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Which of the following statements are true?

  1. There exists an entire function $f : \mathbb C\rightarrow \mathbb C$ which takes only real values and is such that $f(0) = 0$ and $f(1) = 1$.

  2. There exists an entire function $f : \mathbb C\rightarrow \mathbb C$ such that $f(n + {1\over n}) = 0$ for all positive integers $n$.

  3. There exists an entire function $f : \mathbb C\rightarrow \mathbb C$ which is onto and which is such that $f({1\over n}) = 0$ for all positive integers $n$.

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    $\begingroup$ What do you mean by $f(n+1n)$? $\endgroup$ – Gerry Myerson Aug 2 '12 at 4:02
  • $\begingroup$ What have you tried? What relevant facts do you know? (For example, are you familiar with Picard's theorems?) $\endgroup$ – bradhd Aug 2 '12 at 5:17
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  1. No such function exists. By Little Picard's Theorem (see wikipedia), if $f$ is entire and non-constant, then $f$ can miss at most one value.

  2. Here I am assuming you want an entire function with zeros at $n + \frac{1}{n}$. Since $n + \frac{1}{n}$ does not have a limit point (goes to $\infty$), you can use the Hadamard product formula to produce an entire function with exactly those values as it zeros (and you can even control its order of growth).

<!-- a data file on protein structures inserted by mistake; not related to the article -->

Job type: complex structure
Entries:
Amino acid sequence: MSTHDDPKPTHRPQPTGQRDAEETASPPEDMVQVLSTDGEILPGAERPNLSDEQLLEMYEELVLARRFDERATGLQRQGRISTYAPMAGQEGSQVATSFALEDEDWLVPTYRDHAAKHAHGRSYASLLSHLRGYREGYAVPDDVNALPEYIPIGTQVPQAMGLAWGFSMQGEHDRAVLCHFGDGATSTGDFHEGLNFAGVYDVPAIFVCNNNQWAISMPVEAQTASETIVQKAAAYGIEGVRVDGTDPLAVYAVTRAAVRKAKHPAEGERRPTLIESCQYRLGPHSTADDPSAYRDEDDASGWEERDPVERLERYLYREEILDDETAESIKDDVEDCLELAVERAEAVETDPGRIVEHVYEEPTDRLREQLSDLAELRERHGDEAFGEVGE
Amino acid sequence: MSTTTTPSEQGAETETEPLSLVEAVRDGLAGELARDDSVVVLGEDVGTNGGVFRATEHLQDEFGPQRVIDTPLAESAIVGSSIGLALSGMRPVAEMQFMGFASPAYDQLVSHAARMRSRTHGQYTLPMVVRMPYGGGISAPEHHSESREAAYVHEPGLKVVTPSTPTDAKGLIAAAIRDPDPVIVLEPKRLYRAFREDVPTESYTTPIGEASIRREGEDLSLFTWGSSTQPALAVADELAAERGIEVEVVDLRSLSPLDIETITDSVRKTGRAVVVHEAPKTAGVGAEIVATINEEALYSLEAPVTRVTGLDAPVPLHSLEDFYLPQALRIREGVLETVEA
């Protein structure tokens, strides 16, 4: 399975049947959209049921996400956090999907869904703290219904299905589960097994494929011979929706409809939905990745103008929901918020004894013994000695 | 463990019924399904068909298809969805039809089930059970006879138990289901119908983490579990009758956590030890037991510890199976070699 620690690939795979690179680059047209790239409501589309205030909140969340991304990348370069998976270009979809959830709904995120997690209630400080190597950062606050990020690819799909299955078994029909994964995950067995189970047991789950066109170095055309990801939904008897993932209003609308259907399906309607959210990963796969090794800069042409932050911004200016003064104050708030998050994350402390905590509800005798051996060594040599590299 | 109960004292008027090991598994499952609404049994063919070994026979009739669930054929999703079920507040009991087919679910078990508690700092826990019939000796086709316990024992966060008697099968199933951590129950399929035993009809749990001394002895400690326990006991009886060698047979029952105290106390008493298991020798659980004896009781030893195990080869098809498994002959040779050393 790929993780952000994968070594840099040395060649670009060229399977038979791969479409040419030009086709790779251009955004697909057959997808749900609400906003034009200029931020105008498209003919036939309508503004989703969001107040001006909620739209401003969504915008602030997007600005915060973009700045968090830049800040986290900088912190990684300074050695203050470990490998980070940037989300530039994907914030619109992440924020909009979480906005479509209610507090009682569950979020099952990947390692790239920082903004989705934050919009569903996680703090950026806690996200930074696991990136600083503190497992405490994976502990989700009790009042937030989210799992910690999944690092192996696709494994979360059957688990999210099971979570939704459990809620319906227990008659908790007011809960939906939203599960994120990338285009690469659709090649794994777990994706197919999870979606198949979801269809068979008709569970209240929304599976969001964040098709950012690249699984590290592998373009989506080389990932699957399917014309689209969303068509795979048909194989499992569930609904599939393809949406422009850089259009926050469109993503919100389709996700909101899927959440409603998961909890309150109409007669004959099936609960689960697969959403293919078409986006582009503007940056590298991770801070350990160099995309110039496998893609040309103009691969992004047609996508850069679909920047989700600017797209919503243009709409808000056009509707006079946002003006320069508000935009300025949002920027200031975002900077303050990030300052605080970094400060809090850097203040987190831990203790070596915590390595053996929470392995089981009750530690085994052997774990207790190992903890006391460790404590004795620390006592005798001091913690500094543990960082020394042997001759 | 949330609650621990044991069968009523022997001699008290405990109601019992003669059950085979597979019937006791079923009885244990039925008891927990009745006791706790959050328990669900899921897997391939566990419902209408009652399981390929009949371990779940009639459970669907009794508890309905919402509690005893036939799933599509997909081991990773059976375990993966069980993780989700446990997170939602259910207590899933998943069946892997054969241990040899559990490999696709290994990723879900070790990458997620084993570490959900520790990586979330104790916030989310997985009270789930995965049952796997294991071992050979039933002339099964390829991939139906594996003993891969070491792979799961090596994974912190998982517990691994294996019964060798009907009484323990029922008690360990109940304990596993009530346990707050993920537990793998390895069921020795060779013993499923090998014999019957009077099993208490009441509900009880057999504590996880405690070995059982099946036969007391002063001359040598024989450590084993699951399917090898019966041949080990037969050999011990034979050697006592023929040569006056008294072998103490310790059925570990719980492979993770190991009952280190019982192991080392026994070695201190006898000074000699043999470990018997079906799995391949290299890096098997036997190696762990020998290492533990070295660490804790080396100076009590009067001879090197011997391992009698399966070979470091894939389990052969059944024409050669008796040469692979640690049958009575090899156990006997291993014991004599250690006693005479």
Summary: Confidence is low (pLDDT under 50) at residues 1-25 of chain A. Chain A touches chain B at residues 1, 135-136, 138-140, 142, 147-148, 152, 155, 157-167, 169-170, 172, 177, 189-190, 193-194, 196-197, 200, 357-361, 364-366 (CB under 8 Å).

3. No such function exists. Since $(\frac{1}{n})_{n \in \omega}$ has a limit point in $\mathbb{C}$, by analytic continuation, this function must be the constant zero function.

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    $\begingroup$ Picard's theorem is overkill for this one. It's easy to prove that a real-valued analytic function is constant. $\endgroup$ – Robert Israel Aug 2 '12 at 6:55
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    $\begingroup$ To follow up on Robert's comment: just look at the Cauchy-Riemann equations. $\endgroup$ – t.b. Aug 2 '12 at 7:23
  • $\begingroup$ @RobertIsrael sir in the third part, function values are zero at countably many points only. why can't other points approach every point in the complex plane( may or may not have an exception) and form an entire function? Please explain. Thanks in advance. $\endgroup$ – Unknown x Oct 15 '17 at 14:23
  • $\begingroup$ @N.Maneesh An entire function is analytic everywhere. The fact that zeros of $f$ have a limit at $0$ is enough to show that $f$ is identically $0$ in a neighbourhood of $0$, and therefore everywhere. $\endgroup$ – Robert Israel Oct 15 '17 at 15:31
  • $\begingroup$ @RobertIsrael Thank you for your help.May I know "The fact that zeros of $f$ have a limit at 0 is enough to show that $f$ is identically 0 in a neighbourhood of 0, and therefore everywhere. ." How does this statement come true?. In the case of a linear function, it is easy to prove. May I know the proof in this case. Thanks you in advance. $\endgroup$ – Unknown x Oct 15 '17 at 16:12
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$1$ is false: Non-constant entire function takes every value in $\mathbb C$ with one possible exception.

$2$ is true: $f=0$.

$3$ is false: Here $f$ is a non-constant entire function & so $f$ takes every value in $\mathbb C$ with one possible exception. {$1\over n$} is a sequence of distinct points converging to $0\implies f=0$ $!$

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  • $\begingroup$ I like the proof for 2) :D $\endgroup$ – CBenni Dec 16 '12 at 12:00
  • $\begingroup$ Beginners always try to go for trivial examples :) $\endgroup$ – Sugata Adhya Dec 16 '12 at 12:03

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